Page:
Scientists have come up with a more accurate way of counting dolphins, by identifying them using photos of the unique pigment patterns on their fins.
National Institute of Water and Atmospheric Research (NIWA) marine mammal biologist Krista Hupman is the lead author of two new scientific papers outlining just how it can be done.
Usually scientists would count dolphins from the air or from ships.
But by doing that, Dr Hupman said they missed collecting important information about individual dolphins and where they were moving - and their social groups.
Instead, she and a team of researchers spent several years collecting more than 240,000 images of dolphins in Auckland's Hauraki Gulf, at different times of the year.
From this vast number of photographs, almost 31,000 were deemed of good quality to use in the identification process.
The photographs were then compared manually, looking at the nicks, notches and pigmentation patterns on the dolphins' fins. That resulted in 2083 unique mammals being identified.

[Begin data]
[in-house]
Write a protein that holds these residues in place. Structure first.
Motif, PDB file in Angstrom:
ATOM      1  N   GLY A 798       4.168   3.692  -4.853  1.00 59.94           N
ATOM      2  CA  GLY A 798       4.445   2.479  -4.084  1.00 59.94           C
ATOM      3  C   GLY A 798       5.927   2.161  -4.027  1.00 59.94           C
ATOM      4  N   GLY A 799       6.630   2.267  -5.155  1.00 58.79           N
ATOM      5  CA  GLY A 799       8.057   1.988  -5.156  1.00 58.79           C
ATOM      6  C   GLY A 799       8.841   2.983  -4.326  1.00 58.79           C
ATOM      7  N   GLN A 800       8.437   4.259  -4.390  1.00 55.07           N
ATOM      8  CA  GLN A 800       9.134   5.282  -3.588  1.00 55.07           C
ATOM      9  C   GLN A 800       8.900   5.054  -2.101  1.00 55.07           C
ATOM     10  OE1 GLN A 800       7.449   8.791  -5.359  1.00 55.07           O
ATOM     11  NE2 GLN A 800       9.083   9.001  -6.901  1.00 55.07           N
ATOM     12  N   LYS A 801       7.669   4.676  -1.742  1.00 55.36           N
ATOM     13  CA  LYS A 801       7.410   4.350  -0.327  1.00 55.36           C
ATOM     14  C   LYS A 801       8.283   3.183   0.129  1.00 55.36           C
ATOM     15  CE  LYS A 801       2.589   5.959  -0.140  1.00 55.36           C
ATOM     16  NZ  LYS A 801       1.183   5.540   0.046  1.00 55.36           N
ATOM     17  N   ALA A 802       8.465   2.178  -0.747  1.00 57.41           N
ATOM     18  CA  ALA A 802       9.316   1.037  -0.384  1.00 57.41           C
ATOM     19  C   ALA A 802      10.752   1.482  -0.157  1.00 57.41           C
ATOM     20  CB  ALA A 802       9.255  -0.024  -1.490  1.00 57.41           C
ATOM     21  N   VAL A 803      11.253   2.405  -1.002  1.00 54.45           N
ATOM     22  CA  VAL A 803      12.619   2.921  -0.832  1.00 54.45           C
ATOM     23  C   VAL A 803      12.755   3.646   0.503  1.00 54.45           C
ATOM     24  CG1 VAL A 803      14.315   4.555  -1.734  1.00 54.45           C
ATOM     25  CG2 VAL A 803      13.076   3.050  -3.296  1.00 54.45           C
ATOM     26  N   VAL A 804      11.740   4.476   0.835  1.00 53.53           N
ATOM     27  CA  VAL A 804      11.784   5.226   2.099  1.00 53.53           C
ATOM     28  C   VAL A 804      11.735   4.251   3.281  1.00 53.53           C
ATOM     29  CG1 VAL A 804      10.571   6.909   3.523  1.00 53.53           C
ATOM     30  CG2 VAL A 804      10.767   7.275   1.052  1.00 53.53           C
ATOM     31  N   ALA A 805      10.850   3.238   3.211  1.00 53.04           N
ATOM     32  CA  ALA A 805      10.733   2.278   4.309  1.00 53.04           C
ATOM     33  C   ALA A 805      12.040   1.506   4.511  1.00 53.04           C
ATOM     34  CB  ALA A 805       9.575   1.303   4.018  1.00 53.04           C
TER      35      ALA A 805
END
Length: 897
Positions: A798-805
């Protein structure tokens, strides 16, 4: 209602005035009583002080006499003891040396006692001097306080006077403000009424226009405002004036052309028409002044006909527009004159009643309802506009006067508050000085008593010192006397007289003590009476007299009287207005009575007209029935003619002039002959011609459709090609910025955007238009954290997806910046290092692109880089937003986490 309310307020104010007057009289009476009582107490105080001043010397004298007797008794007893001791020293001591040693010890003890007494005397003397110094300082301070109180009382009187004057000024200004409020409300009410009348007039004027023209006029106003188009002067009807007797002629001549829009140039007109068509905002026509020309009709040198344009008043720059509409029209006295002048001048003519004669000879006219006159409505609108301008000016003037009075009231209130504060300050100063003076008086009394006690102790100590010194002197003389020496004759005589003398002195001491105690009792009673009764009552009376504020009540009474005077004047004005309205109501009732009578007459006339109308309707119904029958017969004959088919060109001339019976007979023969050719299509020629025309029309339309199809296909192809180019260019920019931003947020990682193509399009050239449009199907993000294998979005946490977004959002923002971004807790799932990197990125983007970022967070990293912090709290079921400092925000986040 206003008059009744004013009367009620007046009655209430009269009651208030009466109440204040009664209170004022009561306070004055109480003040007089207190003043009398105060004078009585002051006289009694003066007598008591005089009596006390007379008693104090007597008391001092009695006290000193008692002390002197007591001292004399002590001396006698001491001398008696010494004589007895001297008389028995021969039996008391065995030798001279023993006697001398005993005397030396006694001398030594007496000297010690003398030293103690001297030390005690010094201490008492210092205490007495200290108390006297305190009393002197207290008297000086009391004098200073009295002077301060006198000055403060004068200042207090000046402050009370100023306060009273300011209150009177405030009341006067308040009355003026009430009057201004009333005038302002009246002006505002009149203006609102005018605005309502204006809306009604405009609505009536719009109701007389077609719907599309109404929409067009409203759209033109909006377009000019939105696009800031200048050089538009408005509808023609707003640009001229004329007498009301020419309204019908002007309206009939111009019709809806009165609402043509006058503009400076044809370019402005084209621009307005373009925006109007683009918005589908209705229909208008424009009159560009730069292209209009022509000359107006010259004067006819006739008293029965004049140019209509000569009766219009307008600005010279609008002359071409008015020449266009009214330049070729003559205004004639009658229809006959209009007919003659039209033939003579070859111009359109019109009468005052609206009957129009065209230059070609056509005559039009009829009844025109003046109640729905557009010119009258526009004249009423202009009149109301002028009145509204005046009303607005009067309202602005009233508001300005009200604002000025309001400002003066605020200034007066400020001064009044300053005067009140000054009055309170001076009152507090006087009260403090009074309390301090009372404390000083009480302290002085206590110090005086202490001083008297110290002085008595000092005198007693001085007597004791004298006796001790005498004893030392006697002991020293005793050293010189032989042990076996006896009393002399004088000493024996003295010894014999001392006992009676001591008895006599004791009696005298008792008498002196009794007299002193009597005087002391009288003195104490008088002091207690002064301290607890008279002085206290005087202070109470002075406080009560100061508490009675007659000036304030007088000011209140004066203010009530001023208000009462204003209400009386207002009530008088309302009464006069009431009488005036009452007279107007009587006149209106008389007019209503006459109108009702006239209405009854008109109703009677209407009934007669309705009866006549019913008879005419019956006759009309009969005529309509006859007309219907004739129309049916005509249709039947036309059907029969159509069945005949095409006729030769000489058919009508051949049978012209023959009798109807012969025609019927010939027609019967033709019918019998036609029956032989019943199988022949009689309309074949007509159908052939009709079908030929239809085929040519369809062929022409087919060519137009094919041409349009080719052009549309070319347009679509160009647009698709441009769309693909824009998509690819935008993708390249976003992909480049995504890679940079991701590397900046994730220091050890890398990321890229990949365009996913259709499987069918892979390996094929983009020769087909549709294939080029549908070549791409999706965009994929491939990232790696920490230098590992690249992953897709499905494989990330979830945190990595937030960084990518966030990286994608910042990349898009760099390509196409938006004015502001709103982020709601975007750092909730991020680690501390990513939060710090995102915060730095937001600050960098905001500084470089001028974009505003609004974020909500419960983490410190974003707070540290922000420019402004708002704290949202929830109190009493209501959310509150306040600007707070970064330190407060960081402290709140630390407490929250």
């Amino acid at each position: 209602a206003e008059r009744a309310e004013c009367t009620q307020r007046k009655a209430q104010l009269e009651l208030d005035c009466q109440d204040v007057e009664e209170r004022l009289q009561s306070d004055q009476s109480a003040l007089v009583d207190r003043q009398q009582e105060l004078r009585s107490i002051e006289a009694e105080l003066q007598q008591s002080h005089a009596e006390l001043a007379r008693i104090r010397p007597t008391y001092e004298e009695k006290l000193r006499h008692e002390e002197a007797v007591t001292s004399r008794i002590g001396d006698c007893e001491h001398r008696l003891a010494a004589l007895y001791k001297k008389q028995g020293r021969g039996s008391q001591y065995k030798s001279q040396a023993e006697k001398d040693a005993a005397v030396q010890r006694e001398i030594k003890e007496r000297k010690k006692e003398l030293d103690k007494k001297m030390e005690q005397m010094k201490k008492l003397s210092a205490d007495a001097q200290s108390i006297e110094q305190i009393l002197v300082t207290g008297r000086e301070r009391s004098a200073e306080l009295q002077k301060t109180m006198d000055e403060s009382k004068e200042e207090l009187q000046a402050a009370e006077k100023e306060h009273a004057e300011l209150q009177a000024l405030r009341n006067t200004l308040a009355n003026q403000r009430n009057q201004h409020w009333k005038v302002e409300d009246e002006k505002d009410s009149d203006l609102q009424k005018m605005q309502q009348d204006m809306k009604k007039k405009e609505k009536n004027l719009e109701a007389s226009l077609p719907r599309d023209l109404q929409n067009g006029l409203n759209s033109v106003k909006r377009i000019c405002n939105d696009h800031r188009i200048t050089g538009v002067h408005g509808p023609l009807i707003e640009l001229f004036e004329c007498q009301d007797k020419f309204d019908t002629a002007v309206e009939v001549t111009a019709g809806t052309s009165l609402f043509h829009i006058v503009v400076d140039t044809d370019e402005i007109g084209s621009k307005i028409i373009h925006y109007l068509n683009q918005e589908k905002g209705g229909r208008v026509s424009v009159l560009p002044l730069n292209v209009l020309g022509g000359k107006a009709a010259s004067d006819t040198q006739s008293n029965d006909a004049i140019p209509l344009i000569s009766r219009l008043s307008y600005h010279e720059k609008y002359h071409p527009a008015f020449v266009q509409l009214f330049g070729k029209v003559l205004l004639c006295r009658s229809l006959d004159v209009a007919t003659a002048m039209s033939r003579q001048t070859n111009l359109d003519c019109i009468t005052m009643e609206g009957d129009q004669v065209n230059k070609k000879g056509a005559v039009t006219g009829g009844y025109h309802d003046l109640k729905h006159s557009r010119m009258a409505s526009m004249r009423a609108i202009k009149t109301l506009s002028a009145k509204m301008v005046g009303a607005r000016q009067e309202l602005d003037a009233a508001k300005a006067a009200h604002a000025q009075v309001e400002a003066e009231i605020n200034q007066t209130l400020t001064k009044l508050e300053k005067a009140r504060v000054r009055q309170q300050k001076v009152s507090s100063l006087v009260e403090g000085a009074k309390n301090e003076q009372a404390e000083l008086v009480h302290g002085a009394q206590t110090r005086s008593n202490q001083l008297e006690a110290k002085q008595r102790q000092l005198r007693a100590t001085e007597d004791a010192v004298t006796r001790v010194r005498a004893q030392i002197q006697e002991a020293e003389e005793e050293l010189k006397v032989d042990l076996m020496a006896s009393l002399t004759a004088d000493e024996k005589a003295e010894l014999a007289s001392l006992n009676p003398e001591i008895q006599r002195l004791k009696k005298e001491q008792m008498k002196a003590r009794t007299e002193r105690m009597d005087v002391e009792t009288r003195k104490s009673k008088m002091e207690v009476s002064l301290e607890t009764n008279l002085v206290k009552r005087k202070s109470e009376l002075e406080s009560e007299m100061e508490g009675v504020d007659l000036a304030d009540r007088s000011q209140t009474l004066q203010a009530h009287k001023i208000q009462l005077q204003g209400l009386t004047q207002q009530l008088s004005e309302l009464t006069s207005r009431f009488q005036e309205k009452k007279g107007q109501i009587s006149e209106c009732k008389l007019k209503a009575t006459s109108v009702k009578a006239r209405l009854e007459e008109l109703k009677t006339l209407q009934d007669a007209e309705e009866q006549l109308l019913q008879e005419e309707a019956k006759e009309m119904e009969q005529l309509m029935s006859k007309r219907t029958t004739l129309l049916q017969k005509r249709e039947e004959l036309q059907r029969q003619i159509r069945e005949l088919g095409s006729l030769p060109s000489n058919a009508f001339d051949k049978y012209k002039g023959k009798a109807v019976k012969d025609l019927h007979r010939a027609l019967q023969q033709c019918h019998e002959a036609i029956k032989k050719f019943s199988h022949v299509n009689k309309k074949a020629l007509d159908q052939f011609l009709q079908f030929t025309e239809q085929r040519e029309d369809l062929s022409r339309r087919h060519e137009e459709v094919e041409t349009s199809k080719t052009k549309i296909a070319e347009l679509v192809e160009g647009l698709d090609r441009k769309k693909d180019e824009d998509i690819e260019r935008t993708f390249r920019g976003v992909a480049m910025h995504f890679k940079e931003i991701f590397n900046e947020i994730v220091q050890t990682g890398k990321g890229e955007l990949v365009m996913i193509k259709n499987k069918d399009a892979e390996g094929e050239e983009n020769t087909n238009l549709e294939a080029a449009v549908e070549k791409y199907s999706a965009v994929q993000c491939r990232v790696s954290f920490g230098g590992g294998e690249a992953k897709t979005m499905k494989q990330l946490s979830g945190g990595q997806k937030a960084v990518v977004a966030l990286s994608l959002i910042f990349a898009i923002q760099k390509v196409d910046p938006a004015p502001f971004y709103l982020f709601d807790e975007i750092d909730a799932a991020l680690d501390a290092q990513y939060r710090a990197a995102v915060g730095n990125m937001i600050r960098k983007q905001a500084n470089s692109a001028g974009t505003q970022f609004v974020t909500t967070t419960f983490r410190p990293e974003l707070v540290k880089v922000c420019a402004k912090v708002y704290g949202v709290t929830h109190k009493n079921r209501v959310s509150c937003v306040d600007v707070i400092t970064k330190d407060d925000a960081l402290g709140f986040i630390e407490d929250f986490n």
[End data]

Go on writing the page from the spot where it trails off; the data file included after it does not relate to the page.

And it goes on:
That collection now forms the largest catalogue of common dolphins in the world.
Dr Hupman said the research showed it was possible to use photo-identification to determine the numbers of a large population of dolphins, even though they had few distinctive markings.
But getting accurate photos could be challenging, she said.
"It's very hard to get perfect light conditions and sometimes that pigmentation pattern can change drastically by a little bit of an angle change.
"You're trying to get the dolphin perpendicular to your camera. You're also trying to get the perfect distance away, you're also trying to get no splash from any waves or other animals - so it can be really tricky trying to get one tiny image.
To make things more difficult, common dolphins could hang out in groups of 1000 or more, Dr Hupman said.
Despite the progress the researchers made, there was still work to do.
"We want to create a fully computer-automated system for identification for a number of whales and dolphins from photographs and video captured in the field."
The first step was applying an algorithm to classify individuals based on their pigmentation patterns alone, which has resulted in a much faster and efficient system for cataloguing individuals, she said.
"It used to take up to an hour to compare one dolphin image to the entire catalogue of individuals. However, by using these algorithms we can match an image to the catalogue in a matter of seconds".
The next stage involves streamlining how photographs are processed by reducing time required to crop and rotate images for comparison and cataloguing.
Dr Hupman and her colleagues have developed an online tool to assist with this process. It is now being used by cetacean scientists from the US National Oceanic and Atmospheric Administration.